World of Warcraft and Philosophy
Wrath of the Philosopher King
Edited by Luke Cuddy and John Nordlinger
Volume 45 in the Popular Culture and Philosophy® series
World of Warcraft is the most popular ever MMORPG (massively multiplayer online role playing game), with over twelve million subscribers and growing every day.
WoW is everywhere—from episodes of South Park and The Simpsons, to online series like Watch the Guild, accolades and awards from game critics, prime-time commercials with William Shatner and Mr. T., and even criminal and civil courts in the real world. People marry and divorce individuals they have met in the game, realworld financial markets thrive in virtual WoW property, parents have their kids ‘treated’ for Warcraft addiction, and real-world lawsuits, vendettas, and murders have been provoked by the game.
Since identities are known to be assumed, is it okay to totally misrepresent yourself in the game? Does the Corrupted Blood epidemic warn us of future public health catastrophes? How can it be wrong to steal something which doesn’t exist or torture characters who don’t feel pain? Is warfare really essential to the world of Warcraft? What can our own world learn from Azeroth’s blend of primitivism and high-tech?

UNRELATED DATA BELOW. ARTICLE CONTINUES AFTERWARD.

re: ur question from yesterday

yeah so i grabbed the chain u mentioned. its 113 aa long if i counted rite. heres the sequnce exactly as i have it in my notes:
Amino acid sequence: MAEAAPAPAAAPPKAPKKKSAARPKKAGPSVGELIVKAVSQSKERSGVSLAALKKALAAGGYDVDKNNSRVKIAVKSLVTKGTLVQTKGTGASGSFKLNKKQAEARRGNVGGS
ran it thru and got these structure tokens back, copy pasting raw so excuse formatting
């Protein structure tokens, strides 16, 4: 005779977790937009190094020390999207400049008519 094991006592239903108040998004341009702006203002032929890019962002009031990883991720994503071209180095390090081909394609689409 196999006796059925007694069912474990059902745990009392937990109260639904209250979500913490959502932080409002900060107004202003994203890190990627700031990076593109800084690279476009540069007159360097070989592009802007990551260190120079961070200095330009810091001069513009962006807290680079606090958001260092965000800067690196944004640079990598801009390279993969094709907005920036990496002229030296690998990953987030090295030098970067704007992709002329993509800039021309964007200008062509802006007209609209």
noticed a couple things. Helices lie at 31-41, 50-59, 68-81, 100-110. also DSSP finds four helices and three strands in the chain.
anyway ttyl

A specially commissioned guild of philosophers tackle these and other hard questions in World of Warcraft and Philosophy.
“Finally, something Horde and Alliance alike can enjoy! Log off and curl up with World of Warcraft and Philosophy: you’ll level up your Intellect for better boasting at your next guild party and cocktail party alike.”
—Ian Bogost, author of Unit Operations: An Approach to Videogame Criticism
“WoW fan? WoW curious? This is a terrific read to uncover what lurks beneath the ‘Tolkien-ites chill at the mall’ veil of WoW.”
&—David Gerding, game developer and professor of Interactive Media at Columbia College
“Tired of raiding or grinding for rep? Level up your philosophy skills instead, with this witty, concise analysis of the best-selling World of Warcraft. You can embark on chains of philosophical quests, such as learning how Machiavelli’s writings apply to guild politics and the intricacies of ninja ethics, all inside this fascinating volume.”
—Mia Consalvo, author of Cheating: Gaining Advantage in Videogames
“Dense kotaku-ness masquerading as philosophical weezership for the consumption of the embedded masses so that they know where and why-fore they did tread.”
—MICHAEL ZYDA, Director, USC GamePipe Laboratory
A longtime gamer, Luke Cuddy now teaches and writes philosophy, a light diversion from the stresses of battling the Horde. He conceived and edited the much-acclaimed trailblazing volume, The Legend of Zelda and Philosophy: I Link Therefore I Am (2008). John Nordlinger is Senior Research Program Manager at Microsoft Research. He writes and speaks about ethical and educational issues surrounding MMORPGs and other videogames. Balancing the book, John is a member of the Horde and harasses the Alliance.